The diagnosis of periprosthetic infection in hip and knee replacement surgery is often difficult1. Although overt signs of infection are readily apparent and easily interpreted, the diagnosis of infection in the absence of such overt signs may be problematic2.
A number of indirect indicators of infection have been studied, including bone scintigraphy, systemic inflammatory markers, and synovial fluid analysis. None of these methods will yield a result that, in and of itself, is diagnostic of periprosthetic infection; however, taken together, multiple indicators may reasonably lead to an appropriate diagnostic conclusion3.
The authors have undertaken a complex research study in an attempt to determine the natural course of the synovial fluid white blood-cell (WBC) count as a function of time, from the date of the index operation up to the time of arthrocentesis and synovial fluid analysis.
The study involved 571 primary total knee arthroplasties that required arthrocentesis within the first two postoperative years; the times between surgery and aspiration were then segmented as outlined in the paper. The synovial fluid WBC count, the percentage of polymorphonuclear leukocytes (PMNs), and the total neutrophil count were determined. In the body of the paper, the authors clearly outline the rate of progression in these three parameters with time elapsed from surgery.
The interpretation of these results has to be approached with some caution for a number of reasons. First and foremost, the knees from which the samples were derived were all knees with a problem. The patients obviously exhibited signs and/or symptoms that led the treating surgeon to suspect periprosthetic infection. Even though the included synovial fluid analyses were restricted to those patients without evidence of periprosthetic infection on final evaluation, they still reflect the patient with an abnormal postoperative course.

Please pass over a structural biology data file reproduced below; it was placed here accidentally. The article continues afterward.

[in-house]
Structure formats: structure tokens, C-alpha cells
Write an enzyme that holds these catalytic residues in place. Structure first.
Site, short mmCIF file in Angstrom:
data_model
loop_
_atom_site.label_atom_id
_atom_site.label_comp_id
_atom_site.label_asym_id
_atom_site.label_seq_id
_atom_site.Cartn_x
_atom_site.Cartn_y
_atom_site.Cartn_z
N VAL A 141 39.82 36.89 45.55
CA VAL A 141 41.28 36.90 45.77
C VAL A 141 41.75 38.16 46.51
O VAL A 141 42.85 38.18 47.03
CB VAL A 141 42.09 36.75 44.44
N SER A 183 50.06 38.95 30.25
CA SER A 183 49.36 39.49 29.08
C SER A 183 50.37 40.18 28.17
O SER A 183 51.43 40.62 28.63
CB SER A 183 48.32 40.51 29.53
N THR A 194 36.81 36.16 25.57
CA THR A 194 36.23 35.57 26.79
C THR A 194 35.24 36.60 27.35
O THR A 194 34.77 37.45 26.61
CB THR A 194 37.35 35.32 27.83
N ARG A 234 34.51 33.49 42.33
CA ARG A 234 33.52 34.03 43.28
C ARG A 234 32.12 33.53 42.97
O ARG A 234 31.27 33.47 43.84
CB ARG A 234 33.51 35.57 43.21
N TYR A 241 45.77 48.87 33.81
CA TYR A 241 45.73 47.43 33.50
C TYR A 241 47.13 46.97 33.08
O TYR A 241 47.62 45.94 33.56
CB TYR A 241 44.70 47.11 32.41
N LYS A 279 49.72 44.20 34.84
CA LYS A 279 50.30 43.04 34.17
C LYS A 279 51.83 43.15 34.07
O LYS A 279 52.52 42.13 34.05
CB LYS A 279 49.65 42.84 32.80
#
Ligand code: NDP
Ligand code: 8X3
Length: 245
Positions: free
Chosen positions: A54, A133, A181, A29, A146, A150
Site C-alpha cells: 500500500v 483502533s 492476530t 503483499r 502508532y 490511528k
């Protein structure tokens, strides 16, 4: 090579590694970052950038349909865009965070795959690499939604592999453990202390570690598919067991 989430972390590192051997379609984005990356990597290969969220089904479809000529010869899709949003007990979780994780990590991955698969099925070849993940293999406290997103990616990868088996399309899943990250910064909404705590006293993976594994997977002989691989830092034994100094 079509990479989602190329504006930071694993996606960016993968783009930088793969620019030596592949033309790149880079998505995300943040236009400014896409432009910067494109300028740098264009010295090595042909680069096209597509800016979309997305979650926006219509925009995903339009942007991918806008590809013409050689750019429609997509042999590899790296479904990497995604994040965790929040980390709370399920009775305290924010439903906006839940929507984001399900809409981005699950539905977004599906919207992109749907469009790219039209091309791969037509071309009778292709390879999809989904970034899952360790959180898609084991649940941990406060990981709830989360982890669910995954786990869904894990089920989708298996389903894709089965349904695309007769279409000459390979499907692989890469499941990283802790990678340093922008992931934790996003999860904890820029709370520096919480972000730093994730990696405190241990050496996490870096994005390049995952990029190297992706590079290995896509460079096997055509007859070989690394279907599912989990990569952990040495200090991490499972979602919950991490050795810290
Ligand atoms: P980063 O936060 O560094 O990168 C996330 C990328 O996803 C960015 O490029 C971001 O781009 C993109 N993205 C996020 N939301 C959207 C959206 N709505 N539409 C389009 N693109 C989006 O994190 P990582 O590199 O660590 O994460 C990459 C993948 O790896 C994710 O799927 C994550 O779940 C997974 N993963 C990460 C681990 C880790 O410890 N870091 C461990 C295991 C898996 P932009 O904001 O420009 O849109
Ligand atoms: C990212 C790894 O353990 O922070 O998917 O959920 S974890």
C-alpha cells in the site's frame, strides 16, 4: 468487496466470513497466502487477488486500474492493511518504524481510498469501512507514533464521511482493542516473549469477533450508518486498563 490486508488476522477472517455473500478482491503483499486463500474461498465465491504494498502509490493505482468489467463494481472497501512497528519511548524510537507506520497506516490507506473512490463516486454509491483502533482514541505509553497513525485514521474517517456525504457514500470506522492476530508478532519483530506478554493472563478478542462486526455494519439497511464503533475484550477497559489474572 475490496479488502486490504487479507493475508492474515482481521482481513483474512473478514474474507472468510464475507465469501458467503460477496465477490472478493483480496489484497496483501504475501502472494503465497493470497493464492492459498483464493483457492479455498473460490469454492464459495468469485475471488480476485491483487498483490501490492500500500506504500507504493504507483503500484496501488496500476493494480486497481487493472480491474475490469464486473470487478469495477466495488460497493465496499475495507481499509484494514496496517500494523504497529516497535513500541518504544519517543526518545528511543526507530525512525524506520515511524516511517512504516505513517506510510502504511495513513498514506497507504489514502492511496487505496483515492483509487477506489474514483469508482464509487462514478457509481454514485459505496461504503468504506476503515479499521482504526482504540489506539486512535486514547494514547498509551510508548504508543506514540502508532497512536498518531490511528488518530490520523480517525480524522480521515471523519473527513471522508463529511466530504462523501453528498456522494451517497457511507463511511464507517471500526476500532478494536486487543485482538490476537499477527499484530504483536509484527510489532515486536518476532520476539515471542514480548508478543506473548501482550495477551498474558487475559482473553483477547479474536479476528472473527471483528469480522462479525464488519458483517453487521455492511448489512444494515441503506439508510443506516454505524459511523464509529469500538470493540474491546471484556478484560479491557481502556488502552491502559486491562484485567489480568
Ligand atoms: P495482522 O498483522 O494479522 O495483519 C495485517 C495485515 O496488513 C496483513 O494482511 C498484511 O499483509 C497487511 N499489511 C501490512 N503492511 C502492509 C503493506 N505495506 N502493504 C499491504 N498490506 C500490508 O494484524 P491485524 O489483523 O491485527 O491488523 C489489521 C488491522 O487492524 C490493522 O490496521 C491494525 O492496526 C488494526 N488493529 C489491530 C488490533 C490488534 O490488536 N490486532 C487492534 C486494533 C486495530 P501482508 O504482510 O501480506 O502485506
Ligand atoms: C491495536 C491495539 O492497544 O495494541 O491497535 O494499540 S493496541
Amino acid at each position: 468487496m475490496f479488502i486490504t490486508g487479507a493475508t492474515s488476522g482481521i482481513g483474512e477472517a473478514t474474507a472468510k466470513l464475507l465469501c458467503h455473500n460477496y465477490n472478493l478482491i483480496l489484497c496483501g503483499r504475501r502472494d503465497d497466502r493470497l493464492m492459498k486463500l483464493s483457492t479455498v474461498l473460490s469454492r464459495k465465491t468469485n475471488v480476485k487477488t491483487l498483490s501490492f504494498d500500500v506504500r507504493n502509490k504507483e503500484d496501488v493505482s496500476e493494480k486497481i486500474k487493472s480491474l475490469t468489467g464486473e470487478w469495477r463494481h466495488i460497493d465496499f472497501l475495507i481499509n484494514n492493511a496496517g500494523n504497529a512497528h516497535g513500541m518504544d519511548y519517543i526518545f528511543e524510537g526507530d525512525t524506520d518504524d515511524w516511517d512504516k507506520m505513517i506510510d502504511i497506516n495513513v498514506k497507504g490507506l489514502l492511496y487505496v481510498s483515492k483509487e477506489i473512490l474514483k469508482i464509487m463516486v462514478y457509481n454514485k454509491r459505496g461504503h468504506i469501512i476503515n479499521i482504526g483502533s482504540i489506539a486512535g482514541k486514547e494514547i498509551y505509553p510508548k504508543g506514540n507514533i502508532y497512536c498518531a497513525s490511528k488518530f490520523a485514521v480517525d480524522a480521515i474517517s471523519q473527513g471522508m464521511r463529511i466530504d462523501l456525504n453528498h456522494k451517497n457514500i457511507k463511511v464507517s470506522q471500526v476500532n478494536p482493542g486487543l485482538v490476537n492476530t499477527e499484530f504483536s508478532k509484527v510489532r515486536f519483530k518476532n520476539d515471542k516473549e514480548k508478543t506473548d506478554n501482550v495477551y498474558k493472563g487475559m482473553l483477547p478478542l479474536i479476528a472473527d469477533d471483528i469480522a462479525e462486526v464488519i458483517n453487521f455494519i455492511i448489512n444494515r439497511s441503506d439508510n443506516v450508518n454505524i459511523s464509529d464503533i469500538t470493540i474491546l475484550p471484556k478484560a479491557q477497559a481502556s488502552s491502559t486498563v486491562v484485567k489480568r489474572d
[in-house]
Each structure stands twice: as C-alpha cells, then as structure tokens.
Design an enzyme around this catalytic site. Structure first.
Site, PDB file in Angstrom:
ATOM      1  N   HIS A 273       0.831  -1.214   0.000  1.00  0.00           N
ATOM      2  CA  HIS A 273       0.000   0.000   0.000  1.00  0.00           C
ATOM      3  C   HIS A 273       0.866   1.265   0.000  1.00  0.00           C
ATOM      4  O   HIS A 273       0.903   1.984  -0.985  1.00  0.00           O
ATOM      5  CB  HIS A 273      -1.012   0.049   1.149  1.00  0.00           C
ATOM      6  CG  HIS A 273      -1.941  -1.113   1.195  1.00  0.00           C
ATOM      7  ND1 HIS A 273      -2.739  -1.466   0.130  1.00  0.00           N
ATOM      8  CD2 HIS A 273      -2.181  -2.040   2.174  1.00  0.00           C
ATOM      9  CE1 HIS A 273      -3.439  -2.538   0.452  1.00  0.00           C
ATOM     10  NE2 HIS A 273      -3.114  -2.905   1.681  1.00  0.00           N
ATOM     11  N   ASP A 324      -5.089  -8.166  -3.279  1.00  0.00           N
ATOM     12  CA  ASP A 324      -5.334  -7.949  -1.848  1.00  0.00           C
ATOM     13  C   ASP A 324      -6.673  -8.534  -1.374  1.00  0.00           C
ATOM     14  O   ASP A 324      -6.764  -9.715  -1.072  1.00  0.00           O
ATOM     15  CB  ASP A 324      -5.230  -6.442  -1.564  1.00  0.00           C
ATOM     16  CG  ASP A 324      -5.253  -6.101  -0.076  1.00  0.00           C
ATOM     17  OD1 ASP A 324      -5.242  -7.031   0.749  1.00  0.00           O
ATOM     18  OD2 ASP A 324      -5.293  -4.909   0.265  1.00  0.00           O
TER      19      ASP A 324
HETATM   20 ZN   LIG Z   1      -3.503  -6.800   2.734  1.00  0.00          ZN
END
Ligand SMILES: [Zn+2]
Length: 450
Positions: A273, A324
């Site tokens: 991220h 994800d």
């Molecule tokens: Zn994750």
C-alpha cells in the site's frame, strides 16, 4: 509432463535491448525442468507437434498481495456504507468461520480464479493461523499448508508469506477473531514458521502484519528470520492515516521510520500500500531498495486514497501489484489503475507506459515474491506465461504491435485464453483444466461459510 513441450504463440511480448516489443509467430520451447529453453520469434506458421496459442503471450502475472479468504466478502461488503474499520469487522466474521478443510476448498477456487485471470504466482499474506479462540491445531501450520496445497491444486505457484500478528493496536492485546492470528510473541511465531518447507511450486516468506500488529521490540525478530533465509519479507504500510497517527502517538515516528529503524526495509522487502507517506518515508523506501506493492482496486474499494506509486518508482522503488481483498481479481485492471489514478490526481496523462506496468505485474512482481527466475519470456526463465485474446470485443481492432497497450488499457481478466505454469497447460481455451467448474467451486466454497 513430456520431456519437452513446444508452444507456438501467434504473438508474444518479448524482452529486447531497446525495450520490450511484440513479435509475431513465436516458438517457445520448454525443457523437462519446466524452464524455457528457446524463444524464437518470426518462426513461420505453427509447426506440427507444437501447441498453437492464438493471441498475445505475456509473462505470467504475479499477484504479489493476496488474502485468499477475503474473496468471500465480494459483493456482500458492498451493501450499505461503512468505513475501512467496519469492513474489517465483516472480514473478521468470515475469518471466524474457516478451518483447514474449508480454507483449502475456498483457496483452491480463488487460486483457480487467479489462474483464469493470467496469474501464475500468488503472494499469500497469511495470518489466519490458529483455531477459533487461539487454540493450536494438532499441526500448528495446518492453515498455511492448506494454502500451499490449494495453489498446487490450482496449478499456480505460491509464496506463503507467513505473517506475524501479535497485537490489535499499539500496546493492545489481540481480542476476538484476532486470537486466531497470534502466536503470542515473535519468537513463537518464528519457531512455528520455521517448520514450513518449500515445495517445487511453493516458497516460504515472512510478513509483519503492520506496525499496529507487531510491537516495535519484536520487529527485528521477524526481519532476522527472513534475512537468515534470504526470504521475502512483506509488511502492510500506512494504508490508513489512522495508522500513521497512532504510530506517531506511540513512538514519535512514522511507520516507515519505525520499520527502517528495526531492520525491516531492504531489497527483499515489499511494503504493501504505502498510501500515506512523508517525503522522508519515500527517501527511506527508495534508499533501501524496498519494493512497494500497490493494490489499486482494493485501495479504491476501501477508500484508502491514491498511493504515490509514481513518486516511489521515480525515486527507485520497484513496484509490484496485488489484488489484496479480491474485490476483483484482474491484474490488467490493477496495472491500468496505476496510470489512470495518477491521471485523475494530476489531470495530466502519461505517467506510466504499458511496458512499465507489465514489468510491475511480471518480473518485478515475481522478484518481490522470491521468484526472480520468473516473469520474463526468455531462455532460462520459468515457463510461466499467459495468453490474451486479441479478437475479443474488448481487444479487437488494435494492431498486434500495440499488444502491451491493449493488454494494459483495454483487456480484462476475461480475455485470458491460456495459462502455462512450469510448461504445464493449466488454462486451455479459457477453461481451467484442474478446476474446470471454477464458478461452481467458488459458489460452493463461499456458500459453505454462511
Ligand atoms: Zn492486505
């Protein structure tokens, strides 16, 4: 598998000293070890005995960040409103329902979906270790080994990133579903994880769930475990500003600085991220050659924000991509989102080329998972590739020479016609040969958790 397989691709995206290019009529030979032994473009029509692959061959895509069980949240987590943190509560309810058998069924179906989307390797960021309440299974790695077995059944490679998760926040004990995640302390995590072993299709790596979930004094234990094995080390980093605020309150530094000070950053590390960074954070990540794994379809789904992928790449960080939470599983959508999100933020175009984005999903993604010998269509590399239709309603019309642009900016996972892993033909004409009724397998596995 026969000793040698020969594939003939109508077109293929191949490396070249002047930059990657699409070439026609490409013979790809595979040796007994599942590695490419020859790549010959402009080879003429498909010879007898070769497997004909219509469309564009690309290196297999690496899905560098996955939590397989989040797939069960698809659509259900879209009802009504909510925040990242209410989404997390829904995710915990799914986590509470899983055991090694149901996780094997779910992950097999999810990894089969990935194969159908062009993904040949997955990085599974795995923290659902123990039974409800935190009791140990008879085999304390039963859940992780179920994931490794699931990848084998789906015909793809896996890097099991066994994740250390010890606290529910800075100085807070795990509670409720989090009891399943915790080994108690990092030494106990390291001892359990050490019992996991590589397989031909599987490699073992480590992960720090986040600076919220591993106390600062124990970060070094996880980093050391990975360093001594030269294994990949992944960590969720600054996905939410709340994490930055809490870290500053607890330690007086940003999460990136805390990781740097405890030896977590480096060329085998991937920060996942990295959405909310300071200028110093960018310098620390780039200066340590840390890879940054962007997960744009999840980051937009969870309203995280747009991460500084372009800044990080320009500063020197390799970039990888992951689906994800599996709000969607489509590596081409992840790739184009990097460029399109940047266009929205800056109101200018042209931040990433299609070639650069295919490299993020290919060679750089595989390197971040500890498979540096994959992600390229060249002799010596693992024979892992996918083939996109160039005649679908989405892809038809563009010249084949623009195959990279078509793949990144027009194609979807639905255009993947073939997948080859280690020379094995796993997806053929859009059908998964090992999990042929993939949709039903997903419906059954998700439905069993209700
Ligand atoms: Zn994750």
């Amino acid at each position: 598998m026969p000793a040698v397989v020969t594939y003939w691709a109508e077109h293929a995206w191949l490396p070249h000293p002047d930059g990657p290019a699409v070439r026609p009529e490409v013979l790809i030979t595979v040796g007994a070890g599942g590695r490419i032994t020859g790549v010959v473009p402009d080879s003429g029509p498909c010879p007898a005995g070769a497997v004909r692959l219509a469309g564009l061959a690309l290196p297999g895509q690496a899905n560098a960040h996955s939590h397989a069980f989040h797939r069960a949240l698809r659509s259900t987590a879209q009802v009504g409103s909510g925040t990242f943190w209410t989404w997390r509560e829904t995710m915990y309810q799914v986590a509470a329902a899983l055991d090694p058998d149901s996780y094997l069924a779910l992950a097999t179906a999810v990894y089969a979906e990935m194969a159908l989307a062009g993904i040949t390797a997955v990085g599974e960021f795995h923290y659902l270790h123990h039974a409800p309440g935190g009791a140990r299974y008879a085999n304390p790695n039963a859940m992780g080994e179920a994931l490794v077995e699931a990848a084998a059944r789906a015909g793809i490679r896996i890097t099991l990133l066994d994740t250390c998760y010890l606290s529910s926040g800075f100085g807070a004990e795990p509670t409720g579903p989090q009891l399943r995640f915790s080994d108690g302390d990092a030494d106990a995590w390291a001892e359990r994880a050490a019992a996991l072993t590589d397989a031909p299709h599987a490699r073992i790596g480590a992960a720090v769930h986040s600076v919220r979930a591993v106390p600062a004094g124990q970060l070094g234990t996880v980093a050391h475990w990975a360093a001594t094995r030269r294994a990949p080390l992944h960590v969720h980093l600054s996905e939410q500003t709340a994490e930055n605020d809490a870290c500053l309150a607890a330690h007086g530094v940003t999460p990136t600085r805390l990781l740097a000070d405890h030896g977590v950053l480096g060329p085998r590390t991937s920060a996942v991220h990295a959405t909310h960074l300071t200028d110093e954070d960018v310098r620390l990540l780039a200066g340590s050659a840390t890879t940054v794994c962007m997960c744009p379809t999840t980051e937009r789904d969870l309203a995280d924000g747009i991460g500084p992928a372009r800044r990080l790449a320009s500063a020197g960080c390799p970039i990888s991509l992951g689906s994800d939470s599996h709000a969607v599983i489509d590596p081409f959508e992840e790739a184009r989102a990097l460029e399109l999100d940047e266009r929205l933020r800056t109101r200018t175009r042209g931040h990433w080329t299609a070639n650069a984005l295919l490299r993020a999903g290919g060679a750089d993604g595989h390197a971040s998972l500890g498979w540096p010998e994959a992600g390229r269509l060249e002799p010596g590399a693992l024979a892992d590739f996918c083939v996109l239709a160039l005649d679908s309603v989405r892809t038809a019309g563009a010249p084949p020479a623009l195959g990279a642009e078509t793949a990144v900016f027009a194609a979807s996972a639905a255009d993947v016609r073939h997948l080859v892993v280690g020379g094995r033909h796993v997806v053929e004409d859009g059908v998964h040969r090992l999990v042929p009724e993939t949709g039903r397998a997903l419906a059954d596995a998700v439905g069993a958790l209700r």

Second, it is my practice not to aspirate a painful knee in the presence of normal systemic inflammatory markers. It is not clear from the data presented in this paper what percentage of patients had abnormal inflammatory markers prior to the decision to carry out arthrocentesis.
The value of this paper, however, is the clear demonstration that there will be a change in the WBC count and the PMN percentage during the first six postoperative weeks. The rate of change varies with time and it will therefore be important, when relying upon these results, to be aware of the time elapsed between the index surgery and arthrocentesis.
The authors also suggest that the total neutrophil count may be a more sensitive indicator of infection than either the synovial WBC count or the PMN percentage is, and they have appropriately suggested that further investigation of this particular laboratory value be conducted. I support their statement that “because these markers change at different rates over time, the use of specific thresholds for the synovial fluid WBC count and differential would probably represent an oversimplification of a complex phenomenon.” Their recommendations regarding criteria development seem appropriate, and I will look forward to further research conducted in this area in order to better define these important laboratory values.